Today Kellie’s sharing her mess. She has been married four years this July and has a 16-month old son. This is her third semester in MOPS.
You know that mom. The one wheeling her wailing child down the supermarket aisle while she’s triple checking her grocery list, trying to figure out whether she A. Has every item on the list and B. Can trade any of those items for her child. A jar of peanut butter seems a fair swap for a tormented toddler.
In this scenario, you’re usually one of two characters:
- Either that’s your crazy kid, and you’re feeling like the worst mom in the world because all the other children are sitting contentedly in their shopping carts while yours screams her head off because she wants Fruity Pebbles and you accidentally grabbed Coco Puffs.
- Or, you’re the mom stroking your angel child while you wonder how the other mom could possibly have let her child get so out of control and what-a-g00d-mom-I-must-be because my child doesn’t ever eat sugar. EVER. She doesn’t even know what sugar is.
Both of these moms suffer from the same mess, and it has nothing to do with their children. Both of these moms are judging their individual worth based on someone else who is totally unrelated to them or to their personal situation. Believe me, I know – I’ve been both moms, on multiple occasions.
In fact, my “Mess” is just that: the joy-sucking trap of comparison. I measure myself up to other moms. I measure my kid up to other kids.
No matter what, this practice always disappoints. When I invest my self worth into how I think I am perceived by my peers, I set myself up for failure.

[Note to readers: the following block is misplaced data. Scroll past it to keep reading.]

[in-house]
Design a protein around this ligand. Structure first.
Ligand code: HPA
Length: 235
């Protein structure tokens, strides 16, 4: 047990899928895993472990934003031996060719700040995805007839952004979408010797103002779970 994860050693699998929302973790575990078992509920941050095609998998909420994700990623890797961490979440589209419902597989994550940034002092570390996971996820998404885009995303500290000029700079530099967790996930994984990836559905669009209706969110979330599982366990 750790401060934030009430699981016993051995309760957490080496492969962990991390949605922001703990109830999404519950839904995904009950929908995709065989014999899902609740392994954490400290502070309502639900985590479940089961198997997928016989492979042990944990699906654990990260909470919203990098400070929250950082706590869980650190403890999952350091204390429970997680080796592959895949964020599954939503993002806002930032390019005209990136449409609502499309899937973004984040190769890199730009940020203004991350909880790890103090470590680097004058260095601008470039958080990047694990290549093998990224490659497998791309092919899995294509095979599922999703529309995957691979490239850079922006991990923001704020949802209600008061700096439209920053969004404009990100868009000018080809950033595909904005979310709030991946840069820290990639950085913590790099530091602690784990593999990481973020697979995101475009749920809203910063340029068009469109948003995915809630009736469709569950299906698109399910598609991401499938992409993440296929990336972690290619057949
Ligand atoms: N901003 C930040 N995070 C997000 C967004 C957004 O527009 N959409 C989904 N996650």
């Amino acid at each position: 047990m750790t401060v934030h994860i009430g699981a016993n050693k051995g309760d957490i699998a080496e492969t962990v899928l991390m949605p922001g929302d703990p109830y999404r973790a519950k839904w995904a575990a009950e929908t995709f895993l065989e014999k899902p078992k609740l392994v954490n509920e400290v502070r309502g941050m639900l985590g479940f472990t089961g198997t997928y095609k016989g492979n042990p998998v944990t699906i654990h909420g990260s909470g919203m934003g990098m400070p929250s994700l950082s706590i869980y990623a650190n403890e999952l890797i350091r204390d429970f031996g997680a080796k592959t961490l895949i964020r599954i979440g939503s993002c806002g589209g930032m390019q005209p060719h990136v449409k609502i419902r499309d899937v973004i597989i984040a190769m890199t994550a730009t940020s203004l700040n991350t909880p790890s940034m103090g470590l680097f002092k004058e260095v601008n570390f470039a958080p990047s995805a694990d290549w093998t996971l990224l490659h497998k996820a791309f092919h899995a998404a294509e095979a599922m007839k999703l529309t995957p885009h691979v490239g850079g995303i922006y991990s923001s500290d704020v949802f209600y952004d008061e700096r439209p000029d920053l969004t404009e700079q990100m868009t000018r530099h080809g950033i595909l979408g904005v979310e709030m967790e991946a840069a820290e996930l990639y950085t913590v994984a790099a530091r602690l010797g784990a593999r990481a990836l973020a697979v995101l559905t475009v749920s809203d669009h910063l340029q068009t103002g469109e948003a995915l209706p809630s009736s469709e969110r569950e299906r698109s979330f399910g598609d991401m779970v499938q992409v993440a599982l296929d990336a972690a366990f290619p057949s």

For example, my friend’s one year old speaks in full sentences. Meanwhile, I’m not sure my one year old knows how to communicate in anything more than animal noises. But I LIKE his animal noises. And yet I wish them away because I want him to measure up to someone completely unrelated to him. Other children’s development has nothing to do with my son’s ability to speak. And as long as I am measuring myself and my family up to standards that are completely outside of our family unit, I will always be grasping for something just out of reach.
Roosevelt is credited with naming comparison the “Thief.” It’s sneaky, slipping in with the shadows. It creeps in when I am at my most vulnerable and snatches away that which I hold most dear: little moments with my baby. His little successes and little triumphs. The worst part is, I leave the door unlocked for this thief. Psh – most days I leave the door wide open. Sure! Come in! Steal away my happiness while I long for whatever other people have! I’m voluntarily handing away my joy.
This month, I’m going to focus on shutting down my personal mess and thief of joy. Because it can only steal away my joy when I allow it to.
I can choose to embrace the Mom that I am, because I was specifically designed to be the Mom for my child.
How do you shut down the tendency to compare yourself and your kids to others?